One-namers (those making a study of a single surname and its variants) are often interested, if only as a rough measure of the likely size of their one-name study, to find out how many people bearing the name are alive today. This procedure gives such an estimate for Great Britain.

  1. Find some organisation with access to the Electoral Registers on CD-Rom, and plead with them. Remember that the results will be for those of voting age alone, and need to be adjusted by a percentage of those nationally under 17.

  2. The UK-Info disc claims to contain the Electoral Register but it is full of duplications. It may not be practicable to eliminate these.

  3. Multiply the 1881 figures, by the percentage increase in the national population since 1881.

  4. If you have the GRO data, use Clive Essery's approach. [??]

  5. Donovan Murrells has devised the following technique, from a full set of GRO data:

    For the current last 10 years of available GRO data, calculate the average age at death.
    Subtract this figure from the last year of GRO data available.
    Count the number of births, less the number of deaths in this period.
    This figure will almost give you the total alive.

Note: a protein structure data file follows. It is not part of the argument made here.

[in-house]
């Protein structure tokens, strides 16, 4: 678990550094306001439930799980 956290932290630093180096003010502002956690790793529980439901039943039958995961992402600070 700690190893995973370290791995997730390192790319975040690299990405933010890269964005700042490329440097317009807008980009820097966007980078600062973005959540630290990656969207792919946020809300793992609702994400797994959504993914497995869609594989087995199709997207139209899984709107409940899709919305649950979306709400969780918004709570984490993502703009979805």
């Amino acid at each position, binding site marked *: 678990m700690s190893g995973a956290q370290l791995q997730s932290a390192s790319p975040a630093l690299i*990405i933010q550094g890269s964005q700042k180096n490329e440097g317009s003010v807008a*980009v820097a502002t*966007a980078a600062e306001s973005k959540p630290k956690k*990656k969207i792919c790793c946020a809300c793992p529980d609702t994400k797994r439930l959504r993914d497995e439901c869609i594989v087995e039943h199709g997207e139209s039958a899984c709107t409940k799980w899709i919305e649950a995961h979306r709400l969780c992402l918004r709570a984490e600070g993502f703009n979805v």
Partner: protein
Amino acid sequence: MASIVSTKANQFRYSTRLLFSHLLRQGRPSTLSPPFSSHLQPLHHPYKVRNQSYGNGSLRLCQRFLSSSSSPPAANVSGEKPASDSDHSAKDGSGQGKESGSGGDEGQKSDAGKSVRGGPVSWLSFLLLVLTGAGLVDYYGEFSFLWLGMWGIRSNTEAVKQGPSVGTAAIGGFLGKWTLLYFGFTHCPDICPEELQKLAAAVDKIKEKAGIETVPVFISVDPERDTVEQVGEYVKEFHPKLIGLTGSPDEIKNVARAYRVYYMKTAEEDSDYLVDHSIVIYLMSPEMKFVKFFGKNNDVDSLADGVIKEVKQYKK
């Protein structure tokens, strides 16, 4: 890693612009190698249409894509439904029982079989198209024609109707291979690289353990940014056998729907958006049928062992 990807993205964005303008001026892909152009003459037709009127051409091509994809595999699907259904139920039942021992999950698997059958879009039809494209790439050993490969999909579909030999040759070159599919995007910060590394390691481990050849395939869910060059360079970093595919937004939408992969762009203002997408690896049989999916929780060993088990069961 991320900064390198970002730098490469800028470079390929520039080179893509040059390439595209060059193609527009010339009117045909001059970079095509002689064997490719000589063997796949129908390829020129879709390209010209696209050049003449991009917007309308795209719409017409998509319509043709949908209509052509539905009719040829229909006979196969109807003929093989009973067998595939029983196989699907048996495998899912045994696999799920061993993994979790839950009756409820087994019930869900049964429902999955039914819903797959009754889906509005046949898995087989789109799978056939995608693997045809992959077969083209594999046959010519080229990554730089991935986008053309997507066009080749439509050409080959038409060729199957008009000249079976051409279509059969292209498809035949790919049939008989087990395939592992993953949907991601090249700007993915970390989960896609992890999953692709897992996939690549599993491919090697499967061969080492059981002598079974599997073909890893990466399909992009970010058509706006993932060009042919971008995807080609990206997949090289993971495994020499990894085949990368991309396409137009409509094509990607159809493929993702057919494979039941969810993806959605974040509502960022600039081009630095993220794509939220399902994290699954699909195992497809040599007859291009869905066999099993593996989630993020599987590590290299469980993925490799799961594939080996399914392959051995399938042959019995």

You need just to factor in for those who have lived past the average age at death, and are consequently still alive. This factor can be derived from ONS population data.

    For example
    For 1980-1990, the average age at death is 80.
    In the period, 1910-1990, there have been 5000 births, but 1000 have died in the period.
    This leaves 4000 plus another factor for those alive in 1990. In this case, I have decided the factor is 250.

  6. Rex Leaver takes an even more direct approach:

    "The population [of] bearers of a particular surname can be estimated for any date after, say 1966 (100 years after the index began to show age at death). From each cohort of births in the previous 100 years the appropriate deaths can be subtracted year by year until the survivors are identified at the date in question. This total is then the base from which the population in any earlier year is calculated by adding deaths and subtracting births in the relevant interval. (Deaths abroad through emigration, war service and other causes can undermine the precision of these calculations, but they still leave the estimates reasonably accurate."

    (Source: Rex Leaver Families on the move Local Historian, May 1990)